Dagon - (Dagan) a god of Syria-Mesopotamia, later of the Canaanites, and finally of the Philistines. Very little is known about either his origins or exact nature. By most evidence Dagan was a pre-Sumerian, pre-Semite god worshiped in the middle Euphrates region. There were important shrines of Dagan at Tuttul, Mari, and Terqa, all within present-day Syria. With the emergence of the empire of Akkad under Sagan (c. 2300 BCE), Dagan was adopted as an Akkadian national god. During the following period of neo-Sumerian renaissance (Ur III, c. 2100-2000 BCE), Dagan's name is found on seals alongside that of his consort, Shalash, a goddess of perhaps Hurrian origin. She may be the same as Shala, the consort of the Babylonian weather god Adad. In the Isin-Larsa period (C. 2000-1900 BCE) two kings of Isin bear names with the element dagan, Indindagan ("Dagan has given") and Ishmedagan ("Dagan has heard").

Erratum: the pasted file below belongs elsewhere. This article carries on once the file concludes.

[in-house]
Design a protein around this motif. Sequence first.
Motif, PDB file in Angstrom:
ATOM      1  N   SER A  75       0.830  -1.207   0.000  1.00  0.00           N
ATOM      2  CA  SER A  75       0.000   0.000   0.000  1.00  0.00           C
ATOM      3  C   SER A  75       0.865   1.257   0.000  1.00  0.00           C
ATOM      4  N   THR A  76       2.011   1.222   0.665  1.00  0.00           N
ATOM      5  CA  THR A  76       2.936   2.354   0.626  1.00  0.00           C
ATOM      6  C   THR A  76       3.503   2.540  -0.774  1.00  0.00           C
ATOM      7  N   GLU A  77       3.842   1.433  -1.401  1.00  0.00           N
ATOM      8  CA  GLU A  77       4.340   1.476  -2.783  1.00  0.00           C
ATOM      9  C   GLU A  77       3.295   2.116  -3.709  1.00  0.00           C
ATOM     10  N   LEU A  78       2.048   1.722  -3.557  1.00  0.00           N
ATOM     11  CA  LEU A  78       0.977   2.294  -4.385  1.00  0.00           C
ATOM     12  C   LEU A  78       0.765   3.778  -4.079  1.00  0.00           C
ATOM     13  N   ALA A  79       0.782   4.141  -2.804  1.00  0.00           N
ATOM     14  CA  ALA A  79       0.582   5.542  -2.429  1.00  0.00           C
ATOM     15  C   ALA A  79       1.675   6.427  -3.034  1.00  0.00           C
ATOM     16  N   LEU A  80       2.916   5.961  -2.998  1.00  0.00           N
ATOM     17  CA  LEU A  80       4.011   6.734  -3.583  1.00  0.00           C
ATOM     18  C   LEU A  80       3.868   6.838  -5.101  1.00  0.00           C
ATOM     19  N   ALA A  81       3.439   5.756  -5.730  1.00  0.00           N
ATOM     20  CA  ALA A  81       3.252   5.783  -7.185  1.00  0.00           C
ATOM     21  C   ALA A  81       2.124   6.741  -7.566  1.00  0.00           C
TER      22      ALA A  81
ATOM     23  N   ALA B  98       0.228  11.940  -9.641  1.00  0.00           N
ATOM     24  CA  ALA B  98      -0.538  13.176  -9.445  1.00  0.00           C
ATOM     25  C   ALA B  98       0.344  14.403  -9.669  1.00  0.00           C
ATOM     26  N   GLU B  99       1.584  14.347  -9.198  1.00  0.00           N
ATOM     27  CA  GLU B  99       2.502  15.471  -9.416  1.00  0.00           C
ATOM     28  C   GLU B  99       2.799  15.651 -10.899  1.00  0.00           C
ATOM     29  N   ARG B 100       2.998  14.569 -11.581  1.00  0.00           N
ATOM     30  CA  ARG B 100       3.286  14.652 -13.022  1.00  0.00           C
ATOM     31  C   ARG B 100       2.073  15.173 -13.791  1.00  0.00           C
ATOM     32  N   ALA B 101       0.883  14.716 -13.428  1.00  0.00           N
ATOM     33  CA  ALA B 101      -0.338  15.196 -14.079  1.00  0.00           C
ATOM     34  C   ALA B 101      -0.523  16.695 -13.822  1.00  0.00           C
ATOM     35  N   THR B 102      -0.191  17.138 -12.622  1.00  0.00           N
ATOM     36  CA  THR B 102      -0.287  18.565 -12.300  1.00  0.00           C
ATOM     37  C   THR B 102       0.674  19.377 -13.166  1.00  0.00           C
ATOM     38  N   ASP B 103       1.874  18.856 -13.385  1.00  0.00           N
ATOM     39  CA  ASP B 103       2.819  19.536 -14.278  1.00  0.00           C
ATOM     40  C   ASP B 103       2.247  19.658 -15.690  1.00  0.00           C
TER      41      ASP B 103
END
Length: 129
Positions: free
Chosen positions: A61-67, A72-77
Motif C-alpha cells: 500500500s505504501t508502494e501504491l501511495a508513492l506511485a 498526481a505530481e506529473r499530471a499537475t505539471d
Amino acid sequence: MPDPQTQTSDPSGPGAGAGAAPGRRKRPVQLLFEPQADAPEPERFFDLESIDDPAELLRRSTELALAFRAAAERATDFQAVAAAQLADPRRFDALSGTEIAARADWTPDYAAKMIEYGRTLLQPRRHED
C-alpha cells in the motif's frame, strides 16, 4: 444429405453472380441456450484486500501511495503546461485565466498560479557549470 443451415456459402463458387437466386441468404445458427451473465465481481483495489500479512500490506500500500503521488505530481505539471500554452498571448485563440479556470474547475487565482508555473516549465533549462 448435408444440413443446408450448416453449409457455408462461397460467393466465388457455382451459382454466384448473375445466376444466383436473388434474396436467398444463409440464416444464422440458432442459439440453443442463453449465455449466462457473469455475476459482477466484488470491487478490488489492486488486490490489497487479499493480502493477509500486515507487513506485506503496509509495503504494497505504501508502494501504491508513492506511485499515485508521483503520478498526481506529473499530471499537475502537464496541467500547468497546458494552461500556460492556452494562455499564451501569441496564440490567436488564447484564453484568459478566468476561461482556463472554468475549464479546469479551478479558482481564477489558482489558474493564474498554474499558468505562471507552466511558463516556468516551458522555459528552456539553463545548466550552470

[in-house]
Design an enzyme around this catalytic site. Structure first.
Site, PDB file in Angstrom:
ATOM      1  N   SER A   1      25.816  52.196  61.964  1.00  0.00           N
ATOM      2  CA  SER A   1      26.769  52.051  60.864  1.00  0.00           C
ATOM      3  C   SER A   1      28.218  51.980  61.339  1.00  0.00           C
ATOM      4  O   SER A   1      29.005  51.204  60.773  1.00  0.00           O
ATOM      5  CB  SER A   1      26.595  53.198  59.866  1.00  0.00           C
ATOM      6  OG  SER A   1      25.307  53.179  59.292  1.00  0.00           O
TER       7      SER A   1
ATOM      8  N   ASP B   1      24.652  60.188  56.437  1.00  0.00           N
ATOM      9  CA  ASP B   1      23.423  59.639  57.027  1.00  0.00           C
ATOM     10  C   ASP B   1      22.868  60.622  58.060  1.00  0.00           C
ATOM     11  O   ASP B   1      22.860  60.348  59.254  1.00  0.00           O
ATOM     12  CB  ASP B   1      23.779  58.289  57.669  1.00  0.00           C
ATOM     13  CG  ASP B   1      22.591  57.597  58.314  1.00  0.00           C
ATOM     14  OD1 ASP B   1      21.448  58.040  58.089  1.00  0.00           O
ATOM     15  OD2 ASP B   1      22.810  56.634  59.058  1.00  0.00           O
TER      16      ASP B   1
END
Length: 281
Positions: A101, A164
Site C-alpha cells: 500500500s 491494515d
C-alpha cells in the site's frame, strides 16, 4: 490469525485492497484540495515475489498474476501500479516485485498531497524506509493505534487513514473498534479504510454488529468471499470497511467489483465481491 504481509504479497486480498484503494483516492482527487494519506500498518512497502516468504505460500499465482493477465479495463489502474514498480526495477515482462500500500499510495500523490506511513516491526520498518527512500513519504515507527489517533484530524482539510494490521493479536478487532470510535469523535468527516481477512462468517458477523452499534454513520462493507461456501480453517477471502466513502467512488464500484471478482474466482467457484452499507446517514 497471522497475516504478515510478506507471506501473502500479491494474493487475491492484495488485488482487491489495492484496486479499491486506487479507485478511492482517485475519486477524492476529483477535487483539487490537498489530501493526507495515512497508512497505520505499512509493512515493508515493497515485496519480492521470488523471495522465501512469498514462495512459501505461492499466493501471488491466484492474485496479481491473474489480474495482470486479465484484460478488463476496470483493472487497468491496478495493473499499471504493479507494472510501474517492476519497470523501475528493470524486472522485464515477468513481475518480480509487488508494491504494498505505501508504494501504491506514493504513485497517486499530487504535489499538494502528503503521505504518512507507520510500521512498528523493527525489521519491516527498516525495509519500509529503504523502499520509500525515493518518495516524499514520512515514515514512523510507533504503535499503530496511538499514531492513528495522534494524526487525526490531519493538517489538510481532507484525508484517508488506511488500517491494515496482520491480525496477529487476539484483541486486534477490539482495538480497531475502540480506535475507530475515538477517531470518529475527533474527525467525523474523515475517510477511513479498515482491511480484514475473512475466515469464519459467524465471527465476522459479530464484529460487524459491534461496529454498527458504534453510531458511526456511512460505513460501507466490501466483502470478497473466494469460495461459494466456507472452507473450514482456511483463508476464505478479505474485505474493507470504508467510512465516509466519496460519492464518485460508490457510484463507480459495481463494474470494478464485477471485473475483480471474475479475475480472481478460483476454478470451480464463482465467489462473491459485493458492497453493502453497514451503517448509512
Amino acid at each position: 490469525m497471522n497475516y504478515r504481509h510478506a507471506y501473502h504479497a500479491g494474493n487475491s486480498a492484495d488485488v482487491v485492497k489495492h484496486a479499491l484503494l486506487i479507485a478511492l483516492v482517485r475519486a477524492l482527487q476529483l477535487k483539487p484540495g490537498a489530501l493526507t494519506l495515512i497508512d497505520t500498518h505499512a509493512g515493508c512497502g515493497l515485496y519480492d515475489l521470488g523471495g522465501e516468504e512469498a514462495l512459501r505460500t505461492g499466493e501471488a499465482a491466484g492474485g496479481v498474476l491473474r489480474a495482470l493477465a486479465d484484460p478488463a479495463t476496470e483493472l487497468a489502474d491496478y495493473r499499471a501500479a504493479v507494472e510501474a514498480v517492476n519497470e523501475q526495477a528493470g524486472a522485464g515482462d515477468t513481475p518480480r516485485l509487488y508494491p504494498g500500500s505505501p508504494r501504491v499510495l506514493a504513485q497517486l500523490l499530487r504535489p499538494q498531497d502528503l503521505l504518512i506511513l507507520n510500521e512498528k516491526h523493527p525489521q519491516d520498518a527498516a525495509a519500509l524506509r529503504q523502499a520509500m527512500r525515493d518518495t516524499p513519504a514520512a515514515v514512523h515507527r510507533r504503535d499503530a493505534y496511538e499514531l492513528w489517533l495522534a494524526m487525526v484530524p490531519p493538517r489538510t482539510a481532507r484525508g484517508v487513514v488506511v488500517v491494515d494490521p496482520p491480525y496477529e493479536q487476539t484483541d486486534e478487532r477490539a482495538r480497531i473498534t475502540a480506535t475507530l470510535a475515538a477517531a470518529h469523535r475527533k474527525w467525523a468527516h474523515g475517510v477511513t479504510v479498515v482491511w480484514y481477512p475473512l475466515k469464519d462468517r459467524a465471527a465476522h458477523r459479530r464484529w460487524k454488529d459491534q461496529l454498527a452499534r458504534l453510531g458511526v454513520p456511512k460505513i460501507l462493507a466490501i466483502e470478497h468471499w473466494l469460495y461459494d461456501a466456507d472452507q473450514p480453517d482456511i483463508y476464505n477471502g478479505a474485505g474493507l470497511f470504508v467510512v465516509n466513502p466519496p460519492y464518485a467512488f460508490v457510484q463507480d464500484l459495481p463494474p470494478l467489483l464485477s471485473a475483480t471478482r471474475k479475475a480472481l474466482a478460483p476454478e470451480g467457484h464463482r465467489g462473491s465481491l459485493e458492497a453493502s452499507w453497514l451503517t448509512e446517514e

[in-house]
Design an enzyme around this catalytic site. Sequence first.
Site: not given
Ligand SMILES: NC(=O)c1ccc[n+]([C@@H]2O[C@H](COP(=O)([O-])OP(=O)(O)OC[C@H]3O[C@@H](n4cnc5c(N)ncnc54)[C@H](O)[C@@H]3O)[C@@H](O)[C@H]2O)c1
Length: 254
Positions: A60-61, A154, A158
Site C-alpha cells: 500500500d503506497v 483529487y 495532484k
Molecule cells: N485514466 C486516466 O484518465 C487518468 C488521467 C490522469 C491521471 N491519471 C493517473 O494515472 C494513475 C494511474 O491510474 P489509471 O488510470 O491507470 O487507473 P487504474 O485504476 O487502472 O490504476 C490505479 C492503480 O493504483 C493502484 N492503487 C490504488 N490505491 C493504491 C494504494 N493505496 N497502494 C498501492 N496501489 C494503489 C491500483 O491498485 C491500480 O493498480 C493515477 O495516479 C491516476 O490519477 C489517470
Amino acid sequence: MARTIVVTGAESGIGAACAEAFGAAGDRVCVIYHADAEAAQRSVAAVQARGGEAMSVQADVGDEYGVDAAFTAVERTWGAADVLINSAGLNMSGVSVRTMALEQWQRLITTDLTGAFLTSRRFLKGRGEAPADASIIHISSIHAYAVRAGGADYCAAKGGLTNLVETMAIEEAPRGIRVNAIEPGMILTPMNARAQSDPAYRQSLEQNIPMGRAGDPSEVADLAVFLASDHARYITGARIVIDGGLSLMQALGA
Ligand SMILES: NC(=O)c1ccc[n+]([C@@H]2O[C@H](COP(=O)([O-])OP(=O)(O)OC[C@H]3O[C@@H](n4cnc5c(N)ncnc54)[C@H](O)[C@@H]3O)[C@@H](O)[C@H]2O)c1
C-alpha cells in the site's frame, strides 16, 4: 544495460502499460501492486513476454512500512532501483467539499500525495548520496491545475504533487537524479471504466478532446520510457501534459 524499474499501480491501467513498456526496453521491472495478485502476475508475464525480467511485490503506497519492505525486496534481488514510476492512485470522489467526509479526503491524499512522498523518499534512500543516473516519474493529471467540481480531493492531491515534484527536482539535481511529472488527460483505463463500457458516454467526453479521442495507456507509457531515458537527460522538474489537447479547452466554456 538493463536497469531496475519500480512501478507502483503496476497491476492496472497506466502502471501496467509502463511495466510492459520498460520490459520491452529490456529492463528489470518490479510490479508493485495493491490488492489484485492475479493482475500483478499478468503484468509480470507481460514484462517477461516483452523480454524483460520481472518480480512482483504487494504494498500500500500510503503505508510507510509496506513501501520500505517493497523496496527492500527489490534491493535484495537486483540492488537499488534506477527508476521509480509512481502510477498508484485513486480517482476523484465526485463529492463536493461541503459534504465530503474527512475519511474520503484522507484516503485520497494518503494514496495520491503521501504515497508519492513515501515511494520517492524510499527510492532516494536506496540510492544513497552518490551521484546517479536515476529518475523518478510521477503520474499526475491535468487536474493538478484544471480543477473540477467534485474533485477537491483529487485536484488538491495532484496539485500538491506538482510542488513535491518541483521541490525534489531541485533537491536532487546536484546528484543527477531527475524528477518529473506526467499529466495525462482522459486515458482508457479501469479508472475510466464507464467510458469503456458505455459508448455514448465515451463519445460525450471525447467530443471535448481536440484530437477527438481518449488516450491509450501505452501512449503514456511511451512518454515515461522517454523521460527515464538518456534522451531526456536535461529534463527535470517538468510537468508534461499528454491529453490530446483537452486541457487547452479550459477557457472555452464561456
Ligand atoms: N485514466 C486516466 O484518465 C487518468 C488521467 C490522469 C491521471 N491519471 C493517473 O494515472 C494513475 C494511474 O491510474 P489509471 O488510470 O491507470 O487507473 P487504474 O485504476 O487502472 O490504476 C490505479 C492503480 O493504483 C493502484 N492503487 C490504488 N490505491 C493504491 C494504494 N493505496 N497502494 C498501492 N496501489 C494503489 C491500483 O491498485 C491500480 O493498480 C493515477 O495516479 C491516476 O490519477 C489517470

No doubt Dagan had a significant function among the Canaanites, but few sources provide real evidence of his role. Baal is called "son of Dagan". Several towns within Canaanite territory are named Bet-Dagan ("temple of Dagan").
Dagan was the chief god of the Philistines, who surely borrowed his cult from the Canaanites.
Dagan was most likely a god of good weather and agricultural fertility.
Encyclopedia of Religion, Eliade, M., ed., NY, 1987, V.4, p. 196